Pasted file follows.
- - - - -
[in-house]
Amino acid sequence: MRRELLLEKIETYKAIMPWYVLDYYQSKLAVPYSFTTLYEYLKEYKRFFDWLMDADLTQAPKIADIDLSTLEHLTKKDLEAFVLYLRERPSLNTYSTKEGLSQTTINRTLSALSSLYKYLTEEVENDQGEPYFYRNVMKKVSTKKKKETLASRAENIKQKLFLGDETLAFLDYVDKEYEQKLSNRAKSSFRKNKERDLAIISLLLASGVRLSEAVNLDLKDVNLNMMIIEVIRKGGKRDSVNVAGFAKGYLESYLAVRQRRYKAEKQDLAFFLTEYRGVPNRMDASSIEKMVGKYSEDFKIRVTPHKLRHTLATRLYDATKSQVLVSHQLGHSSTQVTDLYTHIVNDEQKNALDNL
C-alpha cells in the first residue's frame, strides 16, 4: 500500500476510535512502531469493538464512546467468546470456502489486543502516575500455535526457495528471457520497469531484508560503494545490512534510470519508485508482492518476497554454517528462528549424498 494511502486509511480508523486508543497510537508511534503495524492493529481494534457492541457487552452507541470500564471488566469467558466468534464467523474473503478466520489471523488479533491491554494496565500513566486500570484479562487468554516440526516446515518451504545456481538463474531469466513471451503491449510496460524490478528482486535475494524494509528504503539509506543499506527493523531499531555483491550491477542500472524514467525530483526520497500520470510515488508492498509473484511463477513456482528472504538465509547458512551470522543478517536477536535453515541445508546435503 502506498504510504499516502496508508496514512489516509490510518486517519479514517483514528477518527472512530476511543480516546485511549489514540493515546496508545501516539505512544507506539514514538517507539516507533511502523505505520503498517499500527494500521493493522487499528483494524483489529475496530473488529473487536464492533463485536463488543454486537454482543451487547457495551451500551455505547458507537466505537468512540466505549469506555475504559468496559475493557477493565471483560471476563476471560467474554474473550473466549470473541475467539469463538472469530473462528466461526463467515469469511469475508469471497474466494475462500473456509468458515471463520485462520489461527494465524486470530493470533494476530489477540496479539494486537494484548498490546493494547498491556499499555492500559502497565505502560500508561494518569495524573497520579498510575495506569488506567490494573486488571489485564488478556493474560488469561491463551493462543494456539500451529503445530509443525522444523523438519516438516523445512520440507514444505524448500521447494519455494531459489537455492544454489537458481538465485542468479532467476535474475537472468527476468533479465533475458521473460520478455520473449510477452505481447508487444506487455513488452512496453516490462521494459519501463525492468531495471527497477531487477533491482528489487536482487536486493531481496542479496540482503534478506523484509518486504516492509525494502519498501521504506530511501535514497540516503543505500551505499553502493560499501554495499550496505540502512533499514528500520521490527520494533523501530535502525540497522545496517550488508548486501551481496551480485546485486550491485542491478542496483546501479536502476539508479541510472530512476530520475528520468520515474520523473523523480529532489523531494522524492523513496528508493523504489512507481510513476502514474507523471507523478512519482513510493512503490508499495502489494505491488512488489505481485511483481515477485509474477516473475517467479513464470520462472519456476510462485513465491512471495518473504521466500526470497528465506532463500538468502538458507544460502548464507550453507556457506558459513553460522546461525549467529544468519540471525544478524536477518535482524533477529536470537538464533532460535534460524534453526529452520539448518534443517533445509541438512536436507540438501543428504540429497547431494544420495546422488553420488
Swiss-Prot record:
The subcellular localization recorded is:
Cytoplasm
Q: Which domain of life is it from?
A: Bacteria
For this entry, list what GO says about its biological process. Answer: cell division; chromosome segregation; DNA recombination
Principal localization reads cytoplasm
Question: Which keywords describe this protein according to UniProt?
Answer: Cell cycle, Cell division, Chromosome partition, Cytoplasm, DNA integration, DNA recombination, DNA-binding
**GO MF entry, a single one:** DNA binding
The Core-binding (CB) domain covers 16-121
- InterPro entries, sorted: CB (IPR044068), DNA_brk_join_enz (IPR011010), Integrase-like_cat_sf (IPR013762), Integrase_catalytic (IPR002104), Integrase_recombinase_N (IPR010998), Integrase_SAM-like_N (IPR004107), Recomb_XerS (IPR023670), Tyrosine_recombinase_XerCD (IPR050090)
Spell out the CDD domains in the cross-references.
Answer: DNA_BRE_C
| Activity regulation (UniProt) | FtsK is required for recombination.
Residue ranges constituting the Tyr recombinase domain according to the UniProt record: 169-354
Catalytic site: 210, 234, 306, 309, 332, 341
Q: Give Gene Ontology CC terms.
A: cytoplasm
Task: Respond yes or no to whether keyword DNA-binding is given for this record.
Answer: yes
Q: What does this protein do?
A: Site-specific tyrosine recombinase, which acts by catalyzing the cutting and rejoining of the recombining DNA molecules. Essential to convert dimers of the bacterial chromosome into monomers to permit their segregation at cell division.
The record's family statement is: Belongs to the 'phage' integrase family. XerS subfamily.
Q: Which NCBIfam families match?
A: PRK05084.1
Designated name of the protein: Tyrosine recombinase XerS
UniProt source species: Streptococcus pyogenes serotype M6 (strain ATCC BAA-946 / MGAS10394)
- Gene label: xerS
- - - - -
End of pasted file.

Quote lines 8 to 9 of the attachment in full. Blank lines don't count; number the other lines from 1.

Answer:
A: Bacteria
For this entry, list what GO says about its biological process. Answer: cell division; chromosome segregation; DNA recombination